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I have a hardware device that sends multicast data on my network. I have written a python script that receives the data and prints it. However, I've found that it only works on my Windows XP PC and doesn't work on my Ubuntu Linux 10.04 PC. Under Linux, nothing is received. It just goes round the while loop and there's never any data received. My code is posted below. Can you see any reason why this will not work under Linux? Thanks, Rab.

# Multicast client
# Adapted from: http://chaos.weblogs.us/archives/164
# on 05/03/2013

import socket

ANY = "" 
MCAST_PORT = 31800

# Create a UDP socket
sock = socket.socket(socket.AF_INET, socket.SOCK_DGRAM, socket.IPPROTO_UDP)

# Allow multiple sockets to use the same PORT number

# Bind to the port that we know will receive multicast data

# Tell the kernel that we are a multicast socket
sock.setsockopt(socket.IPPROTO_IP, socket.IP_MULTICAST_TTL, 255)

# Tell the kernel that we want to add ourselves to a multicast group
# The address for the multicast group is the third param
status = sock.setsockopt(socket.IPPROTO_IP,
socket.inet_aton(MCAST_ADDR) + socket.inet_aton(ANY));

# setblocking(0) is equiv to settimeout(0.0) which means we poll the socket.
# But this will raise an error if recv() or send() can't immediately find or send data. 

while 1:
        data, addr = sock.recvfrom(1024)
    except socket.error as e:
        print "From: ", addr
        print "Data: ", data

Here's some sample output from my Windows PC:

From:  ('', 31801)
Data:  EDCP

Note the remote hardware device does not have an IP address and is using address

EDIT: I've now found that this also doesn't work on my Windows laptop. So, it doesn't look like it's specific to the OS. Furthermore, I've tried running another script to send multicast data to the same multicast address and port. I can send from one PC and all the others are able to receive correctly using my receive script. But, only my one Windows PC is able to receive the data from the hardware device in question. I'm wondering if it is something to do with the ethernet adapters or their configuration. Could it be something to do with the fact that the harware device has IP address and that these ethernet adapters and/or my receiver script needs told to receive messages with this address? Running Wireshark on the Linux PCs sees the data from the hardware device.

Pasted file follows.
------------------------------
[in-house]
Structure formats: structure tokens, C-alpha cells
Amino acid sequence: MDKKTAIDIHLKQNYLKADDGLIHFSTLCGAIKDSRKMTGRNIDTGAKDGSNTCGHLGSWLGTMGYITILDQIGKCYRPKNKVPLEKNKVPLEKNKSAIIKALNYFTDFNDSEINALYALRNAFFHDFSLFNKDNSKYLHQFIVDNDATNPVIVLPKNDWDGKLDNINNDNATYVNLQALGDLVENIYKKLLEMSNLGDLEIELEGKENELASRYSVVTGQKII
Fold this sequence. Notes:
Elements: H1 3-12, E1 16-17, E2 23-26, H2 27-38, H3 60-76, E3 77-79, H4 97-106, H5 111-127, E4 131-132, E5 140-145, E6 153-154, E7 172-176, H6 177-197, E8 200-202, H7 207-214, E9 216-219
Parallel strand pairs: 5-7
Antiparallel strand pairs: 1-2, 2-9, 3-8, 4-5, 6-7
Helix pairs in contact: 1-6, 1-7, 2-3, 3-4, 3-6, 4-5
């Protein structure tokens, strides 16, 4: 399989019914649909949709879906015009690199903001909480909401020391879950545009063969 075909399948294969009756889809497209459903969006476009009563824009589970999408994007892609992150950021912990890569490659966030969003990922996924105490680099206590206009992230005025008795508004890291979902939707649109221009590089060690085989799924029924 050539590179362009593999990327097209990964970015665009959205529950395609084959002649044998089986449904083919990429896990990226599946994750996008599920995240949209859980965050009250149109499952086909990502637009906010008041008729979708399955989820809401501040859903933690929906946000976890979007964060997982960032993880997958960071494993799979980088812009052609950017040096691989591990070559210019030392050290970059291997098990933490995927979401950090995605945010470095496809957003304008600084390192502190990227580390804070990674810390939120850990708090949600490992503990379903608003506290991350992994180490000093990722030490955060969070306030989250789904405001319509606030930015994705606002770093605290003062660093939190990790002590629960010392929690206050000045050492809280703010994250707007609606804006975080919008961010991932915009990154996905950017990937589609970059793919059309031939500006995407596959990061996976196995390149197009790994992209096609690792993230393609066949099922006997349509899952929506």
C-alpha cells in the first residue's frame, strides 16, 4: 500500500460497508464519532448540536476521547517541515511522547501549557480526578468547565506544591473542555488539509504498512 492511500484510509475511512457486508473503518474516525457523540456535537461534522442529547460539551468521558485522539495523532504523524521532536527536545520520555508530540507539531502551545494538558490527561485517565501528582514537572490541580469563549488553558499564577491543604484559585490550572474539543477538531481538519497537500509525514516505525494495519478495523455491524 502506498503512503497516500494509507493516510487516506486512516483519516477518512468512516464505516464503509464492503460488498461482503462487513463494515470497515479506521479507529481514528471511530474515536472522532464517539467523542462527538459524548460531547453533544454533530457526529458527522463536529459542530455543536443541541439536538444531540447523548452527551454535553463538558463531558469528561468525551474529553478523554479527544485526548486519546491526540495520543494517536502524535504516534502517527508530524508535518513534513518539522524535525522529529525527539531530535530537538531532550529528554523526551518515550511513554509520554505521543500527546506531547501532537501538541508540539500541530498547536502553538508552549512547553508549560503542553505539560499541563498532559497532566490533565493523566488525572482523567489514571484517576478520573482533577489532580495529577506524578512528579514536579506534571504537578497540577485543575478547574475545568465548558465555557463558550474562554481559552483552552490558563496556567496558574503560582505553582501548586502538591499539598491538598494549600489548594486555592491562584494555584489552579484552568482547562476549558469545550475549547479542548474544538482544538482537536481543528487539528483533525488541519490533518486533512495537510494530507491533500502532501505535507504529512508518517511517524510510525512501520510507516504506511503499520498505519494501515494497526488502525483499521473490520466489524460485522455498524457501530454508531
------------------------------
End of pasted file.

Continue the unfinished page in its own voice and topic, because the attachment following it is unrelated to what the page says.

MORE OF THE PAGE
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Judging by the votes you should probably check out stackoverflow.com/questions/603852/multicast-in-python –  Eero Aaltonen Mar 8 '13 at 13:15
@EeroAaltonen I have already checked that post and found the code to work between my various PCs. But, the receive code still won't receive data sent by the hardware device I wish to analyse (it uses address and I'm thinking this may be the root of the issue). –  user2145392 Mar 9 '13 at 20:48

2 Answers 2

I fought this same issue for two days. Wireshark saw the packets but my code did not. None of the supposedly "definitive" answers from various sources worked for me. The key came from http://serverfault.com/questions/163244/linux-kernel-not-passing-through-multicast-udp-packets.